26 October 2009

Swaziland reed dance

On the first of September, we attended the reed dance in Swaziland. The Swazi reed dance is one of the main national 'traditional' holidays and ritual perfomances for the king. King Mswati II is in the middle of the line of older men, the emabutfo, 'regiment' of the king. There were something like 60,000 or more women at the ceremony. Whatever else this indicates, it certainly shows that is still a high level of support for the royal traditions in this, the last of Africa's absolute monarchies. There actually is a parliament, but it is entirely subservient to the king.

The women range in age from perhaps as young a 6 (although some of the princesses are even younger), up to middle 30s. The original idea of the reed dance was that this was a ritual in which virgins brought the king reeds, which in Nguni culture generally, are symbols of fertility and the origin myths that tell of the original human being emerging out of the reeds (umhlanga, 'a reed', but also the 'original stem or tribe').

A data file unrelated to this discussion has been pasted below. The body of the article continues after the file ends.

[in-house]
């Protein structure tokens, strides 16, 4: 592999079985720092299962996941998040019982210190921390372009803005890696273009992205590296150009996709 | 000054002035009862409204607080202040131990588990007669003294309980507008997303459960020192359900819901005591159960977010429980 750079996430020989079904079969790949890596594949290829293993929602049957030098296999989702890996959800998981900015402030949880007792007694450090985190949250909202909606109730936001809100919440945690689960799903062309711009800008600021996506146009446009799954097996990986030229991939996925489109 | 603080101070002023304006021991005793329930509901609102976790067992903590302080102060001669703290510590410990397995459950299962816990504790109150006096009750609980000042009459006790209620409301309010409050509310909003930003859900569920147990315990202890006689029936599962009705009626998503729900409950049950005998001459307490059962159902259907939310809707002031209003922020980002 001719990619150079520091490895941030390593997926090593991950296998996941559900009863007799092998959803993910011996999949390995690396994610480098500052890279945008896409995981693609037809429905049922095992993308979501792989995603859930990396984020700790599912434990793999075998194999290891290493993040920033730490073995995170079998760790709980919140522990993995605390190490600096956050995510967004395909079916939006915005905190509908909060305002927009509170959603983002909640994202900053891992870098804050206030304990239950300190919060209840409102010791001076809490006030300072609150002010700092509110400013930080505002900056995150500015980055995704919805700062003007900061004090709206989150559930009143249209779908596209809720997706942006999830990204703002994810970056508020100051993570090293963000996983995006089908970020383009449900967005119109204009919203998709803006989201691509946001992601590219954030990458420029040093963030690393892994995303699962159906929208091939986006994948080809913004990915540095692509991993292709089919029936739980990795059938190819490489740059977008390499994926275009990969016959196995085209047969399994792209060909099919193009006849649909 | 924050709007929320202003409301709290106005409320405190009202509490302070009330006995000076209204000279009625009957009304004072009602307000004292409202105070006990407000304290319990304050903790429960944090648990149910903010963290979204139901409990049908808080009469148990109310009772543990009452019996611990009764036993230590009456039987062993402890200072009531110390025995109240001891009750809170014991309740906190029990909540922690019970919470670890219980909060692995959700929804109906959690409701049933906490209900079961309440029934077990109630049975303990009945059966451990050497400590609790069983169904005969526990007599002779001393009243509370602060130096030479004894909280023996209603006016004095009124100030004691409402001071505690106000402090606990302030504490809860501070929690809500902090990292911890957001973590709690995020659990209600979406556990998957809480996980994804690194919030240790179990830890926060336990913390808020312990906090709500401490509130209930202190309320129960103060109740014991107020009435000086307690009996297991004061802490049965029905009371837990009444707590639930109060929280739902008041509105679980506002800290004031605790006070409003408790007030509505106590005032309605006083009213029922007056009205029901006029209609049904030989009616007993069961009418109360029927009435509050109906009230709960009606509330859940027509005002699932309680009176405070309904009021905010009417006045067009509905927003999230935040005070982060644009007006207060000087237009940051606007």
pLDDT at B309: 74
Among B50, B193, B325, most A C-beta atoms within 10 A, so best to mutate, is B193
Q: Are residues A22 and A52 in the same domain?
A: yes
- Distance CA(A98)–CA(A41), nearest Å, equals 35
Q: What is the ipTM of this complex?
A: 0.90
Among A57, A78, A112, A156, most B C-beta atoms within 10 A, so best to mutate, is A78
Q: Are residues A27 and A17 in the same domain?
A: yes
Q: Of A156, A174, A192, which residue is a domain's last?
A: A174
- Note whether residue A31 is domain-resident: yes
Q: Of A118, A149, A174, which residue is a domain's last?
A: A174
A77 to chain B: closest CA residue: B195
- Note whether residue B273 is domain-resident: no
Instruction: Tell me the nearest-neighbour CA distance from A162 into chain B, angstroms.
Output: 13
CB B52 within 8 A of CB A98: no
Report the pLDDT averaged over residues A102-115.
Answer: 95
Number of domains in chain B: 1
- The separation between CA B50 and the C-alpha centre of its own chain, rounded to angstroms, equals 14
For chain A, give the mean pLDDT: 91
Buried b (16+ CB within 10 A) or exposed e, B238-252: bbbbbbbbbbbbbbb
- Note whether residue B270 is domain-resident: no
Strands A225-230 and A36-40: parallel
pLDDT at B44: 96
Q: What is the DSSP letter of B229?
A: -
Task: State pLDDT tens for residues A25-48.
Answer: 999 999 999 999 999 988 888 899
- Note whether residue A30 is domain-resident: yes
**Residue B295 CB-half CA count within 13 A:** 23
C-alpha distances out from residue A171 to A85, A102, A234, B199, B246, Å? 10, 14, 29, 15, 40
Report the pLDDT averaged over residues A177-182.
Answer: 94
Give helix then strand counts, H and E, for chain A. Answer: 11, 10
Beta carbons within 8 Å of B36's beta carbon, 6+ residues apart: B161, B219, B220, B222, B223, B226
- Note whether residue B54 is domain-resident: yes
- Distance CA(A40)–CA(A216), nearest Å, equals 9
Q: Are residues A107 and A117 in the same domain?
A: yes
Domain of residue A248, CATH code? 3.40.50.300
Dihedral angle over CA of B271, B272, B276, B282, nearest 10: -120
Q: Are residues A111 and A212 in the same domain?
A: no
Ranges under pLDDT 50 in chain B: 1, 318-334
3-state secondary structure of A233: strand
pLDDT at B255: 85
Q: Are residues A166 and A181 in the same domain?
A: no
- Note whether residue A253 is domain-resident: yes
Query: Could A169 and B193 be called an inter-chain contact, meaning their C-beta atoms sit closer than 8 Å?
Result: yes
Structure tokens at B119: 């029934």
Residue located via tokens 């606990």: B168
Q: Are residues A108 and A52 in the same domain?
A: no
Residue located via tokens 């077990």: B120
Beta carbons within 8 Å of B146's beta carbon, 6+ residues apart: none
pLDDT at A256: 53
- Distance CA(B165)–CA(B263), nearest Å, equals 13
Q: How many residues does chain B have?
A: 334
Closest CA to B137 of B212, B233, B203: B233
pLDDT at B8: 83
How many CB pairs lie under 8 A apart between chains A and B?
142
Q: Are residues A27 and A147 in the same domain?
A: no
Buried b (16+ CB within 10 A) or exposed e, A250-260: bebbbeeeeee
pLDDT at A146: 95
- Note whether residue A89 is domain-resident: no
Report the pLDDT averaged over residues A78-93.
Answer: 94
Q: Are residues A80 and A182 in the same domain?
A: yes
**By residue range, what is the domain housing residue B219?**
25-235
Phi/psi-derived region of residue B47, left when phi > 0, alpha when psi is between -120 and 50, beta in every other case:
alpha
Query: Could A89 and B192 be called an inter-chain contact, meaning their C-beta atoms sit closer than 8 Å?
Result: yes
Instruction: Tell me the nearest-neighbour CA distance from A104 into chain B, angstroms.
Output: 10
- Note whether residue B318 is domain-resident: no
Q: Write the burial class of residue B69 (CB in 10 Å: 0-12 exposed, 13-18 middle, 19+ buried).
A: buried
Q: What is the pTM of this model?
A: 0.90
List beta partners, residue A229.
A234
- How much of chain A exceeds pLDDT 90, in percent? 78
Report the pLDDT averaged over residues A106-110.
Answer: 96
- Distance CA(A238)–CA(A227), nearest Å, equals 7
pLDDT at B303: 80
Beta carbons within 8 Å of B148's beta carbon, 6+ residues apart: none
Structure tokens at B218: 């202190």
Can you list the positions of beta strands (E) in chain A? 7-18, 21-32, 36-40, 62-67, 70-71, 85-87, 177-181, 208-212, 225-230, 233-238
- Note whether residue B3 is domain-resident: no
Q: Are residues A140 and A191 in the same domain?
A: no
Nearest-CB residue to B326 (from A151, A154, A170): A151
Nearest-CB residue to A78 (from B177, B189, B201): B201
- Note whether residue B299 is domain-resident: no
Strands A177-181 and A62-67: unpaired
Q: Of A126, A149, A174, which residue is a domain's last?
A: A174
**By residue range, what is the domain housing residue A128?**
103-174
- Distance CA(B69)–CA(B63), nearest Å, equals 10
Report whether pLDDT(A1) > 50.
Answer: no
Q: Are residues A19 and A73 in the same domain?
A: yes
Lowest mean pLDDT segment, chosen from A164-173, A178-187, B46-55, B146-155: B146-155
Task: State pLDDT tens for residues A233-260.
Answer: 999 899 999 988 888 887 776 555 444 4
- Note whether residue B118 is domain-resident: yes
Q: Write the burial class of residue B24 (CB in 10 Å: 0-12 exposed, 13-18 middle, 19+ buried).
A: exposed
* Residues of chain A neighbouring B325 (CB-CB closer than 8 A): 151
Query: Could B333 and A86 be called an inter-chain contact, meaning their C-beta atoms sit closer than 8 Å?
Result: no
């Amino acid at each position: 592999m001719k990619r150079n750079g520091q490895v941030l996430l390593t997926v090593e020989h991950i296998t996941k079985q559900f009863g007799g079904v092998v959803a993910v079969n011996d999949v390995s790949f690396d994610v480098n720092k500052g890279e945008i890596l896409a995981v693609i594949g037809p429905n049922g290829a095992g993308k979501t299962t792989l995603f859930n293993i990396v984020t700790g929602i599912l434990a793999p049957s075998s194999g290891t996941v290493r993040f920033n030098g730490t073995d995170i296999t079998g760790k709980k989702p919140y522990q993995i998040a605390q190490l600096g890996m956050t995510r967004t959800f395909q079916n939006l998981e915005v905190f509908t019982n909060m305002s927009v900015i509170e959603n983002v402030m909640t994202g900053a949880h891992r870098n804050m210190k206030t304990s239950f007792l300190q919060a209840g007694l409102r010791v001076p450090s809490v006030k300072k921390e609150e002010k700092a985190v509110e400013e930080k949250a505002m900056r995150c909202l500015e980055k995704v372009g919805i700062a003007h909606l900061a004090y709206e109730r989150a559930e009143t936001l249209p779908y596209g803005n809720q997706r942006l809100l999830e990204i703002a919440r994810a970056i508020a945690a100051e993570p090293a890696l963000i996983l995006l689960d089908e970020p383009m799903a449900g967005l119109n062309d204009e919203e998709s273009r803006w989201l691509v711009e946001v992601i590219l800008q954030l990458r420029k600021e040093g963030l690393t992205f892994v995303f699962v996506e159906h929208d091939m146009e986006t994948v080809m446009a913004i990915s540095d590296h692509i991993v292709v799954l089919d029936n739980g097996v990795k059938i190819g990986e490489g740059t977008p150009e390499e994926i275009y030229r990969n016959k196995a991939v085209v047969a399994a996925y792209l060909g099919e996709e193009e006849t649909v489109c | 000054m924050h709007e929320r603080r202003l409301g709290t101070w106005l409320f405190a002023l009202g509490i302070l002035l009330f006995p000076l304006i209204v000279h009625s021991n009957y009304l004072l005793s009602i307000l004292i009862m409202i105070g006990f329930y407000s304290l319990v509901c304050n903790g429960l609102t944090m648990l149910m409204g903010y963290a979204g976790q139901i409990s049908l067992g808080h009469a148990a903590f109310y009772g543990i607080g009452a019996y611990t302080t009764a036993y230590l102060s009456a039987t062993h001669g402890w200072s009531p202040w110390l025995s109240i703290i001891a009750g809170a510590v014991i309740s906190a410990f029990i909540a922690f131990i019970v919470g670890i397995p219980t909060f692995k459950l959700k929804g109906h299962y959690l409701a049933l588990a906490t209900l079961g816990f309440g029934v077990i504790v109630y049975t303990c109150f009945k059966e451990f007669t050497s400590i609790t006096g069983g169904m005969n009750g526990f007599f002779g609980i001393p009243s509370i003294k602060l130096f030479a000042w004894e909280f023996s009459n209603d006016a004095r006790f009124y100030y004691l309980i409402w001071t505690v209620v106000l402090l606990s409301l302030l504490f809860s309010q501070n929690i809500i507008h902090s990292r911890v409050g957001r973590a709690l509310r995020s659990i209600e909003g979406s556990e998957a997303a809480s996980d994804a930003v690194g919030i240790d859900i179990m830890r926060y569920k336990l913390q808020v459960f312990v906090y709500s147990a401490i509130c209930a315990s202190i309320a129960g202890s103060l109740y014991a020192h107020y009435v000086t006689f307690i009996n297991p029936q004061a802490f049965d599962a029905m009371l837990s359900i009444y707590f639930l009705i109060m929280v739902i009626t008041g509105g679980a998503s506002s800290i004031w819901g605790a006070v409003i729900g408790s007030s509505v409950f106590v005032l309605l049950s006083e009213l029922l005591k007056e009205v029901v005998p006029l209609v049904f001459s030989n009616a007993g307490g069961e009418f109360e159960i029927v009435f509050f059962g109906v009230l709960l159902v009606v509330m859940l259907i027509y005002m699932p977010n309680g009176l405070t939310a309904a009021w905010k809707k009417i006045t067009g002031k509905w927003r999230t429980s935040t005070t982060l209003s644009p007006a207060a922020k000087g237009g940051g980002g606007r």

The princesses got a great deal of attention, of course. They are the ones with the red feathers in their hair. Only members of the royal family are allowed to wear them. The royal family is very large, all of the king's many brothers and sisters, children of Sobhuza, and their children, of the lineage Dlamini wekunene, or 'great Dlaminis'.

18 October 2009

At Chief Kenneth Dlamini's Ummemo ('Cultural Day'), 4 October 2009

In the run up to the Ummemo, Chief Kenneth and the people that I am working with in my project all told me that I must wear 'traditional clothing' this year. In the end, I conceded. It was a bit cold that day, so I wore a top cloth, too, although for most of the parading and dancing, almost all of the men were bare chested. Well, I WAS a bit more pale than most of the others too!
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